Following the observation period, brains were fixed by cardiac perfusion with 4% PFA in PBS followed by 12 hr incubation in 4% PFA. Brains were then incubated for 24 hr in 20% sucrose in PBS, followed by 24 hr in 30% sucrose in PBS at 4 °C before freezing and sectioning on a Cryo-microtome yielding 30 μm coronal sections. Sections were then blocked in 5% BSA in PBS for 2 hr at room temperature (RT) and incubated in primary antibody overnight at 4 °C. NeuN (Millipore) antibodies were used at a 1:500 dilution in PBS containing 0.3% Triton X-100. Sections were then incubated in secondary antibodies conjugated to Alexa Fluor 488 (Life Technologies) for 2 hr at RT and mounted on glass slides with ProLong® Gold Antifade mounting medium (Molecular Probes) for imaging analysis. Images were collected using a Zeiss LSM 700 confocal microscope using 10×, 40× and 63× objectives, and series of 0.05–1 μm optical sections were captured through the z-axis. For quantitative neuronal viability analysis, the number of NeuN-positive CA1 neurons per 320 μm length of the medial CA1 pyramidal cell layer was counted bilaterally in 5 sections per animal. The lower value between bilateral hemispheres was averaged across sections to provide the mean value.

cDNA Constructs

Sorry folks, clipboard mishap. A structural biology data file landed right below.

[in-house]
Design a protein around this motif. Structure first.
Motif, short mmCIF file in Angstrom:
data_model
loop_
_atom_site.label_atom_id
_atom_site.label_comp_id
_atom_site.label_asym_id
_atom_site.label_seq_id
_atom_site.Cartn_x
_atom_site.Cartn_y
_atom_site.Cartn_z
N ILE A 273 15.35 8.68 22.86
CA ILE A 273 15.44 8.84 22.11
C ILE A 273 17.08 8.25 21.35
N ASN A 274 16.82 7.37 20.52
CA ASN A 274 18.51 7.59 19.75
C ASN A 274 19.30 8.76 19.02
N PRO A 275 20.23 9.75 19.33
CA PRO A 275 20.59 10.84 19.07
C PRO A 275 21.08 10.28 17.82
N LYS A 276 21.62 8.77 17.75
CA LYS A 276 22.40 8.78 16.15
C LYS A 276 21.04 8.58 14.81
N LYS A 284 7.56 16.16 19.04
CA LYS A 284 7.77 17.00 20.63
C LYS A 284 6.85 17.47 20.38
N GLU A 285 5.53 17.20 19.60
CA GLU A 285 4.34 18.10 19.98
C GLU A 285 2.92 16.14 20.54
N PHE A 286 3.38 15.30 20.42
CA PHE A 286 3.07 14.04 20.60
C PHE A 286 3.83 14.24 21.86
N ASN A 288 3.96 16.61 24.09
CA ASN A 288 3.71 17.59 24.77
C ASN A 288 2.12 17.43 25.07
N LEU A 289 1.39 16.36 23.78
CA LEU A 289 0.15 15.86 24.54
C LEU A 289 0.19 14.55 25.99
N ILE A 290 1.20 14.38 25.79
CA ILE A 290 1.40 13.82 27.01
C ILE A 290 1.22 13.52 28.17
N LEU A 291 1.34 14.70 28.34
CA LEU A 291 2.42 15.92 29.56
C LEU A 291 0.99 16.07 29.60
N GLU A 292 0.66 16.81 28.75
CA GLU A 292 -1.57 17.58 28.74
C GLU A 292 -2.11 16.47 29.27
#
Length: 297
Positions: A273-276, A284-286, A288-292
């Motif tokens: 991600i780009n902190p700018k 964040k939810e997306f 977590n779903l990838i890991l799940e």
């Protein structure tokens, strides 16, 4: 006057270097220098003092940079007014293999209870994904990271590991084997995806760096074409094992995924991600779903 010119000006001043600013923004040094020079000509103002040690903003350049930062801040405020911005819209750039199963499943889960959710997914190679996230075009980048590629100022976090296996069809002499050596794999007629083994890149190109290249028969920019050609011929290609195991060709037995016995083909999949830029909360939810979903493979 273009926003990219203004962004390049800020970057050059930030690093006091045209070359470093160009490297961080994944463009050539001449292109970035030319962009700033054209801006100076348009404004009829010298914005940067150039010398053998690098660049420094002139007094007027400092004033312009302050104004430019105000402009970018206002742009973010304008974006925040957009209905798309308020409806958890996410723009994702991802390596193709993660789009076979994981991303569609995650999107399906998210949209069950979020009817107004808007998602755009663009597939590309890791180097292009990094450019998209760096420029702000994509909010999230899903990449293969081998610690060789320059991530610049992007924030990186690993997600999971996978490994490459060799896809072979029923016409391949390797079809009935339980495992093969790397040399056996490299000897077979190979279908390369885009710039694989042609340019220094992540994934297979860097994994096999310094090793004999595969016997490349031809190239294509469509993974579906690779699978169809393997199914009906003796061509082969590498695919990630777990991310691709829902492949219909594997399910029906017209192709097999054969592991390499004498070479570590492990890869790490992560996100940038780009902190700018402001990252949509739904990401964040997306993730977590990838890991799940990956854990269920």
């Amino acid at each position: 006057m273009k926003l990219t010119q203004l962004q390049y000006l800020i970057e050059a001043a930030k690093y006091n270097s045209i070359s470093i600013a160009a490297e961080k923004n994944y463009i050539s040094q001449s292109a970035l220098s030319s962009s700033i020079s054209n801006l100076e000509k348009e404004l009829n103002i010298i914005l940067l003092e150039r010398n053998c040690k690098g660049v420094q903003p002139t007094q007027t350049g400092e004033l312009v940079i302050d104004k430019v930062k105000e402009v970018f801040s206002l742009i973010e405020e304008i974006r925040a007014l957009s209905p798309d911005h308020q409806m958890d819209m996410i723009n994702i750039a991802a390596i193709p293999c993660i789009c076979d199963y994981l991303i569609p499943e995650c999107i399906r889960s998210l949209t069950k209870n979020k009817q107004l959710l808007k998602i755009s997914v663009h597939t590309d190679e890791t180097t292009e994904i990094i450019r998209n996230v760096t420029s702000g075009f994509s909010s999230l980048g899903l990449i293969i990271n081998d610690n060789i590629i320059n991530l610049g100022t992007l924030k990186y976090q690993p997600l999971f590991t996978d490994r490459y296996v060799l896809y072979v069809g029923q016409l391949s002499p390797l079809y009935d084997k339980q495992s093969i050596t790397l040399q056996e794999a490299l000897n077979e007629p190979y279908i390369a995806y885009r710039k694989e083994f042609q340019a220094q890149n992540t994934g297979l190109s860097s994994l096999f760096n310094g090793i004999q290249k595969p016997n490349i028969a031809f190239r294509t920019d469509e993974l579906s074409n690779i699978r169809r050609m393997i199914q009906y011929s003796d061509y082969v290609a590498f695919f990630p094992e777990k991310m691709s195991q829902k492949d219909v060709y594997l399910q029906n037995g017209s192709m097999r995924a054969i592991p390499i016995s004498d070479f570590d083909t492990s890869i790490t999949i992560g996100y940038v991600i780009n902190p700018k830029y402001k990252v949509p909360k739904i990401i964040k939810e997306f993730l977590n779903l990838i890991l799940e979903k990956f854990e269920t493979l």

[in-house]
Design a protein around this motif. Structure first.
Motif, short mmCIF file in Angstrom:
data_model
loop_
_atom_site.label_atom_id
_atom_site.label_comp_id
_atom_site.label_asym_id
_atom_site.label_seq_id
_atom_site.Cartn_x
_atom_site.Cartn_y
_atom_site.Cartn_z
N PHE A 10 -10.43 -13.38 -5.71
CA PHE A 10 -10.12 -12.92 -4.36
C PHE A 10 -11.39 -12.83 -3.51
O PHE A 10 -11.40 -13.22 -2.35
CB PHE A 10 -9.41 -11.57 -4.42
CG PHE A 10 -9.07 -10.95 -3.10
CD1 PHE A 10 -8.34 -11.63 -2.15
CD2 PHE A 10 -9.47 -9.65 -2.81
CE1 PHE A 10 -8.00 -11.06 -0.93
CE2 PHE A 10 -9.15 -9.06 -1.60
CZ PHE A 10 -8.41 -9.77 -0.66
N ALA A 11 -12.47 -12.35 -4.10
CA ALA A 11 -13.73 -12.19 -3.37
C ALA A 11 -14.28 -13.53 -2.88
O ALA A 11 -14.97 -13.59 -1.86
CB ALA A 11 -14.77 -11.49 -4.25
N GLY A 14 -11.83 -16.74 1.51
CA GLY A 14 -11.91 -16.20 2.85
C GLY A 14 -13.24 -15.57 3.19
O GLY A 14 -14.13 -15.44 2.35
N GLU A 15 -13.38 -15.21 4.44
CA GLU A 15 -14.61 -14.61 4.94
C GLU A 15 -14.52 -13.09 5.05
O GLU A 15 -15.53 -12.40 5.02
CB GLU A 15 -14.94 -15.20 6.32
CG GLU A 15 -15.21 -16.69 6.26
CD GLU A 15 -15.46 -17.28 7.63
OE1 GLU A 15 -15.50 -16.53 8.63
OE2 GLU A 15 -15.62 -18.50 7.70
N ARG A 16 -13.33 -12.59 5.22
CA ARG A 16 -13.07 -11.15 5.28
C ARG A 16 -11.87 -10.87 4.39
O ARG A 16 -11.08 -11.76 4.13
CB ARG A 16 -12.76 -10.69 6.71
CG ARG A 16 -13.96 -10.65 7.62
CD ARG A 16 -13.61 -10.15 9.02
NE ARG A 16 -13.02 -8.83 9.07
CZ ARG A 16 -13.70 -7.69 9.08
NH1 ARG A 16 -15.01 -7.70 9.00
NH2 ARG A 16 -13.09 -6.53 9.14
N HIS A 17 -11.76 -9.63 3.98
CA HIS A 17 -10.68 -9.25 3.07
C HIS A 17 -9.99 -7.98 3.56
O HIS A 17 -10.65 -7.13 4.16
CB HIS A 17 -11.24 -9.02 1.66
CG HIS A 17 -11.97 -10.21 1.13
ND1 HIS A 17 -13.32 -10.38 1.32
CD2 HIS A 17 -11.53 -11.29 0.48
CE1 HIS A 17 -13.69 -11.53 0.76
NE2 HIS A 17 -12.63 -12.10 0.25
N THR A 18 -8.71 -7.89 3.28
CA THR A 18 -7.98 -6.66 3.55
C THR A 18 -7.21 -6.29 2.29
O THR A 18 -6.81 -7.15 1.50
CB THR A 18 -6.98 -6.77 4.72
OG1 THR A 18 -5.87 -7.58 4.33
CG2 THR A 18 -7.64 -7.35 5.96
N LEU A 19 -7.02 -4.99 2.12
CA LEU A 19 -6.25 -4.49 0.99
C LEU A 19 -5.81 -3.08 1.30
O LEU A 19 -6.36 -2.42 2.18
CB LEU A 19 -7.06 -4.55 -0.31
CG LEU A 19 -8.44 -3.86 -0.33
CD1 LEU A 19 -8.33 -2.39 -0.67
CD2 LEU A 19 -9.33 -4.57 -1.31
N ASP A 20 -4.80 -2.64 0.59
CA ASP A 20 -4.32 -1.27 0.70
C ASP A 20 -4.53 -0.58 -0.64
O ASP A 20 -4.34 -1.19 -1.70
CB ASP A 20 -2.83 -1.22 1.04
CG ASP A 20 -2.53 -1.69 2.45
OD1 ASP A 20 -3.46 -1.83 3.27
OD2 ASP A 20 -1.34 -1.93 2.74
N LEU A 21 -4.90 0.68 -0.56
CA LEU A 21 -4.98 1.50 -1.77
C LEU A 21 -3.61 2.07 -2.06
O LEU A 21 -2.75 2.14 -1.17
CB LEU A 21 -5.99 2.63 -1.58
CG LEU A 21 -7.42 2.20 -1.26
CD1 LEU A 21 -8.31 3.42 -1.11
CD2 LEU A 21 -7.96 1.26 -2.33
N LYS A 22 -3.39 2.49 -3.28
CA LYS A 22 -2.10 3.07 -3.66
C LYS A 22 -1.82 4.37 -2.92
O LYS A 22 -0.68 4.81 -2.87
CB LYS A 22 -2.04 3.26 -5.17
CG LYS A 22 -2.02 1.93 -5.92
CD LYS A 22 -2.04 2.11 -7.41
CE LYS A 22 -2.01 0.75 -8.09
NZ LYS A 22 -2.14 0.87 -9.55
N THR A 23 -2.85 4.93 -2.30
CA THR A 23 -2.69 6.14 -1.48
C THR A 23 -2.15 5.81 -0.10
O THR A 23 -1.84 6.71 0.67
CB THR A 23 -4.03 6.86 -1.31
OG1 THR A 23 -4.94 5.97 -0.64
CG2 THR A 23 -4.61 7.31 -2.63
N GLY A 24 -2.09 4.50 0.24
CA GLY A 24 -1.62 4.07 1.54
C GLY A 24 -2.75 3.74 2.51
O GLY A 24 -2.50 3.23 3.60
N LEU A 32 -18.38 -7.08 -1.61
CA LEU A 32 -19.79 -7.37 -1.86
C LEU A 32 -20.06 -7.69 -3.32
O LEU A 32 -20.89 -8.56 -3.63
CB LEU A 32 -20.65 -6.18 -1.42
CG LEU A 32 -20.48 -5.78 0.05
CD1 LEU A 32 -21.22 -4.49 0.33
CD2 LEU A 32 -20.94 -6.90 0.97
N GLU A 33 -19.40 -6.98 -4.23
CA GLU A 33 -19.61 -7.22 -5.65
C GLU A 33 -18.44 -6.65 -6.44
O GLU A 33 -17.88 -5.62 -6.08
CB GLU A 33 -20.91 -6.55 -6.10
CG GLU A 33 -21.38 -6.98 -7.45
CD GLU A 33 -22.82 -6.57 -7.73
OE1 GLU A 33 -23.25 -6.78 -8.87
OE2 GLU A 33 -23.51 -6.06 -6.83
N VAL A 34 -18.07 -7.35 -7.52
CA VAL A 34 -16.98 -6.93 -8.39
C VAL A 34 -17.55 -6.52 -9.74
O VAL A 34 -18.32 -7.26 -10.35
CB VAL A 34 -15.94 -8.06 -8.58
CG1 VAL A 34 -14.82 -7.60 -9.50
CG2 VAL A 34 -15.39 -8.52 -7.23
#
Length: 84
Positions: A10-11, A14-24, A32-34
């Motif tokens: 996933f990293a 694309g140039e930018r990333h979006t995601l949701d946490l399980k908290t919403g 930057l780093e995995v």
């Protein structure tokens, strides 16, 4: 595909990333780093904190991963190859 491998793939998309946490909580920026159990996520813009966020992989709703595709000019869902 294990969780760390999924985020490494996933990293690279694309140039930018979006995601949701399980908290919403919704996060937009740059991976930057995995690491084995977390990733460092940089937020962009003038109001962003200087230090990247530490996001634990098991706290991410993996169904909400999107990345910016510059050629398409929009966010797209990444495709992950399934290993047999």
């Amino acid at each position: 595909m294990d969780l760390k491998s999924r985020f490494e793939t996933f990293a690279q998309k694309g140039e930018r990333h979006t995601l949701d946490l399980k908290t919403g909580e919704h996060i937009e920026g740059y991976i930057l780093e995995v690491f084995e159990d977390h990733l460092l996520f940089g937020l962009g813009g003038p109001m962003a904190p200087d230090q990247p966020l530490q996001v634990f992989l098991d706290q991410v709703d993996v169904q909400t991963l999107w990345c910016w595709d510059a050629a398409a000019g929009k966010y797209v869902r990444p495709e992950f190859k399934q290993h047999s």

Super Ecliptic pHluorin (SEP)-GluN2C construct was generated by cloning full-length rat GluN2C into the mammalian expression vector pRK5 and tagged with SEP between amino acids 36 and 37. SEP-GluN2A and SEP-GluN2B were kindly obtained from Roberto Malinow (UC San Diego). The SEP protein is in the extracellular N-terminus of the GluN2 subunit and exposed to an acidic intracellular vesicular environment until exocytosed into the plasma membrane. Once exposed to the neutral (7.4 pH) extracellular environment, there is an increase in fluorescence. All cDNA constructs used were verified by DNA sequencing.

Primary Culture of Hippocampal Neurons and Transfection

Primary hippocampal cultures were prepared from embryonic day 18 Sprague Dawley rats as previously described34. Briefly, hippocampal tissue was dissociated with trypsin and plated on poly-D-lysine-coated coverslips at a density of 2 × 106 cells/ml. The cells were cultured in Neurobasal medium supplemented with B27 and L-glutamine (all from Invitrogen). The cultures were maintained at 37 °C in 5% CO2. Cells were transfected at 13 days in vitro (DIV) using Lipofectamine 2000 (Invitrogen).

Oxygen-Glucose Deprivation (OGD)